As for “lunch debt” — which is debt students incur when they do not have money to pay for a school lunch but are still provided with a meal — Hulick said that IWCS’s collection efforts, which included robo-calls to parents and involving the county treasurer, had reduced the school division’s $72,000-plus cafeteria fund deficit reported in early 2019 down to about $6,000 as of the date of the forum. She added that this school year, the board implemented a new policy requiring all students to return the free/reduced-price lunch form, even if their parents checked the box stating they did not wish to apply for free or reduced-price lunches, so that no students are singled out among their peers as being from low-income families.
Tynes said she would prefer IWCS to implement policies so that no students have to pay for lunch. Thomas, however, said, “It’s a fine line of never turning a kid away from a meal that might be their biggest one of the day, and trying to prevent abuse of the system.”
He added that he would like to see the school division make more of an effort to examine each debt situation on a case-by-case basis to determine who cannot afford to pay and who was taking advantage of the system.
Rotruck then said he did not believe robo-calls were particularly effective for collecting lunch debt, but Hulick disagreed. Rotruck also suggested re-examining School Board lunch debt policies to determine “what can be revised, what is working, what is not.”
As for whether to renovate or replace Hardy Elementary and Westside Elementary, both of which were built in the 1960s, Tynes suggested building one combined elementary school, similar to how Smithfield’s high school and middle school are connected, which could accommodate the student populations of Hardy and Westside. Hulick then said she was “all on board” for a new Hardy and for a new Westside to create equitable facilities throughout the county school system and address capacity issues at Carrollton Elementary.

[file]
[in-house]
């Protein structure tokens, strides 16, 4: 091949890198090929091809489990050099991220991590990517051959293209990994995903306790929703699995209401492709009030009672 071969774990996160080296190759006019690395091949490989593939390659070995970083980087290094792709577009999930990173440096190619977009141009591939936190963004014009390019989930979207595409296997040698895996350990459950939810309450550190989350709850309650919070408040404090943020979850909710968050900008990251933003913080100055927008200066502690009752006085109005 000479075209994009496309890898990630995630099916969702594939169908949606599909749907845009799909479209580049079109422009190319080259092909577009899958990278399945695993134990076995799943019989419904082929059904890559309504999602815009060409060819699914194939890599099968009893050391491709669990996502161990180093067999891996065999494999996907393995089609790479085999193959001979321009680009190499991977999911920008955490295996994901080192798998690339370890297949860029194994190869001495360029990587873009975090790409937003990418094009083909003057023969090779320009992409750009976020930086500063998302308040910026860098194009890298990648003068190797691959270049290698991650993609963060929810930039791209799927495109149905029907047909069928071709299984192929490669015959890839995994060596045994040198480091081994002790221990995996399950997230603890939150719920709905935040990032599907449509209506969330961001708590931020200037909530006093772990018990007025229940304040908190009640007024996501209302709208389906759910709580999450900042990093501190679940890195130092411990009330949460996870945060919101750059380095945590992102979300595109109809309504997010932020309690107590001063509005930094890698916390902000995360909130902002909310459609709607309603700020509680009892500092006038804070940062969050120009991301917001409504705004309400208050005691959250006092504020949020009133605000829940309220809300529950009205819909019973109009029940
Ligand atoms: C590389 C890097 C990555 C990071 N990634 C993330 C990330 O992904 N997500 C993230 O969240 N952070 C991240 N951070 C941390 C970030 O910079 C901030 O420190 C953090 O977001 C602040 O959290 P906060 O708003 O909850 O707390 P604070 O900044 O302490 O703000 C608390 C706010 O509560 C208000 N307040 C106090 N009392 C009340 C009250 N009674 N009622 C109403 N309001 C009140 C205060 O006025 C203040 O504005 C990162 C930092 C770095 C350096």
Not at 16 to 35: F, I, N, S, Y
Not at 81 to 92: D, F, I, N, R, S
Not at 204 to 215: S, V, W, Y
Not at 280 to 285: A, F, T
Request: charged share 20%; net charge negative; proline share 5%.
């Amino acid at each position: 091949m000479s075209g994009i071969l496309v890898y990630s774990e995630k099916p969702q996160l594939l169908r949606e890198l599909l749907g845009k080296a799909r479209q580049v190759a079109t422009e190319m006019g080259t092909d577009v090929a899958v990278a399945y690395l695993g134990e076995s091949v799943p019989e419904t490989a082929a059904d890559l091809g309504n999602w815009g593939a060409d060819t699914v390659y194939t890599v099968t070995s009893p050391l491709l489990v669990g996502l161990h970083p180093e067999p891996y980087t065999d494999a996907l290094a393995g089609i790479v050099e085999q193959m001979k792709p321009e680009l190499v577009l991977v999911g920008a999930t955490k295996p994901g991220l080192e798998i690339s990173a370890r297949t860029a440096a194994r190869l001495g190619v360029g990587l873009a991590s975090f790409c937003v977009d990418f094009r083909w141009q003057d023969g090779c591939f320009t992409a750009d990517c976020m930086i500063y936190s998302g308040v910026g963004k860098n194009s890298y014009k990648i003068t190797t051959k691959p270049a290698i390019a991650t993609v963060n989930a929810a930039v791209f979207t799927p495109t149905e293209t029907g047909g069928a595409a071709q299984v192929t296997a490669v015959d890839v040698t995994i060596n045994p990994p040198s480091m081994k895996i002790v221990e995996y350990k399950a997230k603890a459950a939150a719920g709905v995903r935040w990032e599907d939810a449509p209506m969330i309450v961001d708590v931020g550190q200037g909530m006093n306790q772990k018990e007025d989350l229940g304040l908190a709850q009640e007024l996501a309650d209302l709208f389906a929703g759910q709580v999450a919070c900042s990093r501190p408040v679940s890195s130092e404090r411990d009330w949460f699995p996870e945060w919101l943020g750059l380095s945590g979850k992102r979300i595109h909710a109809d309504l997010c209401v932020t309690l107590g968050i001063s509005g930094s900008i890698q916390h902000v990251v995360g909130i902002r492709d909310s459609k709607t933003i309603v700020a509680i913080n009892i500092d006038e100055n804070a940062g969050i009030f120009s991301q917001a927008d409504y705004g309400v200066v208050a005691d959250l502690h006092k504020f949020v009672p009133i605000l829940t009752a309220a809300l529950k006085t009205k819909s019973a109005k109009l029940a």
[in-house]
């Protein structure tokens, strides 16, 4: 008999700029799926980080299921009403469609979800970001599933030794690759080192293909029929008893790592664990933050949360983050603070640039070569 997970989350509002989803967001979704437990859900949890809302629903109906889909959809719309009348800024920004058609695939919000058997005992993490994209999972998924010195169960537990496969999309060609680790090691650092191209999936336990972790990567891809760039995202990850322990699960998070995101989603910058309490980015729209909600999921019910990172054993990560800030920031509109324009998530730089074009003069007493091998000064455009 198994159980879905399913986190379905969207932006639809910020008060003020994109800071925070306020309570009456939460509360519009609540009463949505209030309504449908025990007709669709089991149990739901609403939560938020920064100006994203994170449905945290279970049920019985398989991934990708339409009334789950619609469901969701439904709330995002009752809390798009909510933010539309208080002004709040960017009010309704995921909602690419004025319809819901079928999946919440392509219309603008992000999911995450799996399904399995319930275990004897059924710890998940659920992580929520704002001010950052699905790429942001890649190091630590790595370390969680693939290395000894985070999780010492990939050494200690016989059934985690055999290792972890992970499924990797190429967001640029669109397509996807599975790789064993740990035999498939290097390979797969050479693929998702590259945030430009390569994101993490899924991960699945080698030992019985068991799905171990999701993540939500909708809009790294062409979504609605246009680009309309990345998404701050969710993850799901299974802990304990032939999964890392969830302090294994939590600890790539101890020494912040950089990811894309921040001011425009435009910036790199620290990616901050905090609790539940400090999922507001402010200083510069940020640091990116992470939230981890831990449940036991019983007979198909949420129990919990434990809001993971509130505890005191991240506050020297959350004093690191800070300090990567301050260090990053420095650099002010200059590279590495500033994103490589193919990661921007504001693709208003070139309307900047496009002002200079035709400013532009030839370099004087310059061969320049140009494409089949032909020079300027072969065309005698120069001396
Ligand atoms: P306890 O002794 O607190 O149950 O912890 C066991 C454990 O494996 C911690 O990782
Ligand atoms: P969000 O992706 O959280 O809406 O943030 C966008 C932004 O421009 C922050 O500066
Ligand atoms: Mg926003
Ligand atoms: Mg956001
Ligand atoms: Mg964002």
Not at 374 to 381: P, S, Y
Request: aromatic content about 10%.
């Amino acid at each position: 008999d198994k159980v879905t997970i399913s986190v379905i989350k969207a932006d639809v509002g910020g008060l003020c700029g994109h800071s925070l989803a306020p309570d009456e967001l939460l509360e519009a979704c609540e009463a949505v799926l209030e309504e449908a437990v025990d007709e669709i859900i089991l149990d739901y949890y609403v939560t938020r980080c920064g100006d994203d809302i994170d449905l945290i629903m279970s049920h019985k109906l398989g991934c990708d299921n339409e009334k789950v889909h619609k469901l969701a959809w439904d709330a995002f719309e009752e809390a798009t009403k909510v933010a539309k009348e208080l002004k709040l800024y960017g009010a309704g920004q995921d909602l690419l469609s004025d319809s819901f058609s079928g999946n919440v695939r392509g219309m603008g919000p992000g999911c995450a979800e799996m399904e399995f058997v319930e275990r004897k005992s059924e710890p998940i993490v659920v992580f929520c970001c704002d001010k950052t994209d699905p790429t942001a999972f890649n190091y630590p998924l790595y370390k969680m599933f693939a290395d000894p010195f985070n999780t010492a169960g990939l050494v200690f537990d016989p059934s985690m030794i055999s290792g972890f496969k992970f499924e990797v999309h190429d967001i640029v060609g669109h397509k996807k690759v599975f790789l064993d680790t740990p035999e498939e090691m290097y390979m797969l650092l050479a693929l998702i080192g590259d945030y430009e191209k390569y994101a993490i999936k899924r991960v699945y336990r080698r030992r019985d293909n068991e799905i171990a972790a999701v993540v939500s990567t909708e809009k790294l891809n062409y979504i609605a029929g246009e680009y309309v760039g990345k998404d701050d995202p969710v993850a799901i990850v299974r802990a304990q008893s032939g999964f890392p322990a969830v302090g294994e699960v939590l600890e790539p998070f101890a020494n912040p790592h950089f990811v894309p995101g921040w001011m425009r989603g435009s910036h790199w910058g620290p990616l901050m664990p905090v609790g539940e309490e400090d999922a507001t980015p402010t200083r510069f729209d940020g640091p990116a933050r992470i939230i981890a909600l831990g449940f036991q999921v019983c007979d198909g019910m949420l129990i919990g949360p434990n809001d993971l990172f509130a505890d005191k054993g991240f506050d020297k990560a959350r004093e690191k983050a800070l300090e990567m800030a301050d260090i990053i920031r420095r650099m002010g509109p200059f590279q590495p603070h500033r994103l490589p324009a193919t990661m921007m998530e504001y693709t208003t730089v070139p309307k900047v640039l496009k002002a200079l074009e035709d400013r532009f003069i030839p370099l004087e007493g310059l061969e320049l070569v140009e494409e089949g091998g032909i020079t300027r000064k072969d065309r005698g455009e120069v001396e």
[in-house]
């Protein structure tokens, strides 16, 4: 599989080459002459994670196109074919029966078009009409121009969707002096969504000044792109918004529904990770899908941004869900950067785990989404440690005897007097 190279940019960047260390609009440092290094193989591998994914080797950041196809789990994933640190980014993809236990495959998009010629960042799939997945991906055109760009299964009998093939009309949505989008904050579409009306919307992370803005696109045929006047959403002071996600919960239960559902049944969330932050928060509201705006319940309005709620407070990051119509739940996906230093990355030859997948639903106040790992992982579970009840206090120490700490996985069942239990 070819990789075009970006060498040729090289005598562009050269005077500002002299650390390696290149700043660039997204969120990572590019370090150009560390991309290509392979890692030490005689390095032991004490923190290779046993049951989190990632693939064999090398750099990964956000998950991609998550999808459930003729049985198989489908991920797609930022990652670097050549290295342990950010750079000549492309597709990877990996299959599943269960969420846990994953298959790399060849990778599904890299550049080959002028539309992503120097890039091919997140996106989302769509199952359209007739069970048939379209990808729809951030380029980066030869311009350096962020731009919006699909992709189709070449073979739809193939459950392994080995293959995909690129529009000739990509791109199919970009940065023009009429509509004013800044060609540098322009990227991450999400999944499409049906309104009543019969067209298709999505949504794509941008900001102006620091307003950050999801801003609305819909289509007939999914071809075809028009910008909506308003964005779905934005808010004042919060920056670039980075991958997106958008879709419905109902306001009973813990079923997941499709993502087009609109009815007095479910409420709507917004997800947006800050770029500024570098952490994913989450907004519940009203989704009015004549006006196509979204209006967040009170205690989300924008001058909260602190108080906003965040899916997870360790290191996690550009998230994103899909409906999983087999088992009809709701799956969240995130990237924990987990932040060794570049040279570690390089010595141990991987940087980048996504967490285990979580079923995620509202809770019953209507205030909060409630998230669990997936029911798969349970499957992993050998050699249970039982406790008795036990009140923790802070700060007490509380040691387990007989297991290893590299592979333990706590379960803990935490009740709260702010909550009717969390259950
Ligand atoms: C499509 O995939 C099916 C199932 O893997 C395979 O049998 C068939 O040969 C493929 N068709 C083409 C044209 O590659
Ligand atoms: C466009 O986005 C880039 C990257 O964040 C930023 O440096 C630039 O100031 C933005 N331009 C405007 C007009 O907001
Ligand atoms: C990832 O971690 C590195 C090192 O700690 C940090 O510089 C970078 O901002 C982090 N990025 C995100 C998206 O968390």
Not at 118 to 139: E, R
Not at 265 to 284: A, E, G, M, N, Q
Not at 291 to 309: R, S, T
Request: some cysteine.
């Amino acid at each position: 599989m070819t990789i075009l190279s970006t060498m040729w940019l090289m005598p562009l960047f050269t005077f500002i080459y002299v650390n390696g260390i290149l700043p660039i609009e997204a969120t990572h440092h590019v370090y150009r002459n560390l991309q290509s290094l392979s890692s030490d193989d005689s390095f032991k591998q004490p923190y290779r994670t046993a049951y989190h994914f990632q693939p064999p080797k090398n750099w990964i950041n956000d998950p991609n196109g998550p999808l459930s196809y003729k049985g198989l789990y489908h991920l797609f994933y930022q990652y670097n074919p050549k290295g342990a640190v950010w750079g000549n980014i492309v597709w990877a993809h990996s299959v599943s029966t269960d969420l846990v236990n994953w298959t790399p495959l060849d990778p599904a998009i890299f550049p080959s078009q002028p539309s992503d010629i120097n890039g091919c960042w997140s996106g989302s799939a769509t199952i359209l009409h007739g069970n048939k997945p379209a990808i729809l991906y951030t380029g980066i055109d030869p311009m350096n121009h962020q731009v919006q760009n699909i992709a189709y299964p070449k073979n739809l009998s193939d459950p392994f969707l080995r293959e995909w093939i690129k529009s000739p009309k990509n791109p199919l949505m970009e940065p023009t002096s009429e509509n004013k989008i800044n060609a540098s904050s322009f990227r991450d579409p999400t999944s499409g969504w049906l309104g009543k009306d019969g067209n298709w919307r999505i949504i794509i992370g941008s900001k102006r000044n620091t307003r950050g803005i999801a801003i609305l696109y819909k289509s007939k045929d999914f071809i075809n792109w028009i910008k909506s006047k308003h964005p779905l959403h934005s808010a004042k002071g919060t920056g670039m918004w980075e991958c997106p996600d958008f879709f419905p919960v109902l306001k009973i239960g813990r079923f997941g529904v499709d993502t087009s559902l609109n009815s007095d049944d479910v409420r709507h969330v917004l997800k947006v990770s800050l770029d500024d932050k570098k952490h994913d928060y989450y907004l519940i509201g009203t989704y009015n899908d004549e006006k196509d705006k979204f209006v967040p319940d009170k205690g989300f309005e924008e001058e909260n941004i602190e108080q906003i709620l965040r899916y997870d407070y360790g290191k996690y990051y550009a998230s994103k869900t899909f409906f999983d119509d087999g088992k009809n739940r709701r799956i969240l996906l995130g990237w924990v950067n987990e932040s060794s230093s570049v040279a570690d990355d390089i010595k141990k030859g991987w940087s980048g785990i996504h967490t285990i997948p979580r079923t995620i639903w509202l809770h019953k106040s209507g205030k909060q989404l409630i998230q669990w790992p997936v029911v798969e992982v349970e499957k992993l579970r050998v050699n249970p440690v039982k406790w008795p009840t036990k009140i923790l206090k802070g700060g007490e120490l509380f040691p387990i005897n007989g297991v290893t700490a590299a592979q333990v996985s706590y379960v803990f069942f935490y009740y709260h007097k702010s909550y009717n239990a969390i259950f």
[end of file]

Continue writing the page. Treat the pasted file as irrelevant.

Thomas said his biggest fear is that the county might take too long to come up with a solution for Hardy and Westside, and end up needing not only to renovate or replace both schools, but also build a new school to accommodate a population influx.
Rotruck agreed that a solution for Hardy was “long overdue,” but said he would prefer Carrollton to be expanded, since that’s where the county’s population growth is happening, rather than rezoning Carrollton students to a new or renovated Hardy. He added that he was uncertain whether there was any asbestos still in Hardy, and emphasized that whatever solution is chosen needed to be “fiscally responsible.” Hulick then said Hardy’s asbestos was abated in the 1990s, but was uncertain as to whether there was any still in Westside.
As for fiscal responsibility, Thomas said paying for the renovation or replacement of Hardy and Westside should be “driven by the growth itself,” meaning housing developers paying “their share” of the cost to have schools in place that will accommodate their housing developments via proffers. He then added that imposing proffers on developers was the responsibility of the county’s Board of Supervisors, and not the School Board.